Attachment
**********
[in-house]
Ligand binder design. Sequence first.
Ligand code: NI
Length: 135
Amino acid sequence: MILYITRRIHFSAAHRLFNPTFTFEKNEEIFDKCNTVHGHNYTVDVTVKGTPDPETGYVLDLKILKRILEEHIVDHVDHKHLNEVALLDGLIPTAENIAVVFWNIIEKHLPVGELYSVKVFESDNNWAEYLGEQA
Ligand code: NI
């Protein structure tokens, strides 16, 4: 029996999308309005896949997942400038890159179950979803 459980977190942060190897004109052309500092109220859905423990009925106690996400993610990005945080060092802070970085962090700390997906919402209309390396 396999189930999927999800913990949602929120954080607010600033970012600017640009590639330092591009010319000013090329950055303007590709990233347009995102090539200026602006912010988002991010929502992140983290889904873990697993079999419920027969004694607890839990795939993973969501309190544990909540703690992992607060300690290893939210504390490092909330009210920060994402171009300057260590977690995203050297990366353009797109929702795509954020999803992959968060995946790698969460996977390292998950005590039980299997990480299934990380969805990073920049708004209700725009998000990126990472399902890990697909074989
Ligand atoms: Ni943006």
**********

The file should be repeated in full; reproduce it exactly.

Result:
[in-house]
Ligand binder design. Sequence first.
Ligand code: NI
Length: 135
Amino acid sequence: MILYITRRIHFSAAHRLFNPTFTFEKNEEIFDKCNTVHGHNYTVDVTVKGTPDPETGYVLDLKILKRILEEHIVDHVDHKHLNEVALLDGLIPTAENIAVVFWNIIEKHLPVGELYSVKVFESDNNWAEYLGEQA
Ligand code: NI
């Protein structure tokens, strides 16, 4: 029996999308309005896949997942400038890159179950979803 459980977190942060190897004109052309500092109220859905423990009925106690996400993610990005945080060092802070970085962090700390997906919402209309390396 396999189930999927999800913990949602929120954080607010600033970012600017640009590639330092591009010319000013090329950055303007590709990233347009995102090539200026602006912010988002991010929502992140983290889904873990697993079999419920027969004694607890839990795939993973969501309190544990909540703690992992607060300690290893939210504390490092909330009210920060994402171009300057260590977690995203050297990366353009797109929702795509954020999803992959968060995946790698969460996977390292998950005590039980299997990480299934990380969805990073920049708004209700725009998000990126990472399902890990697909074989
Ligand atoms: Ni943006």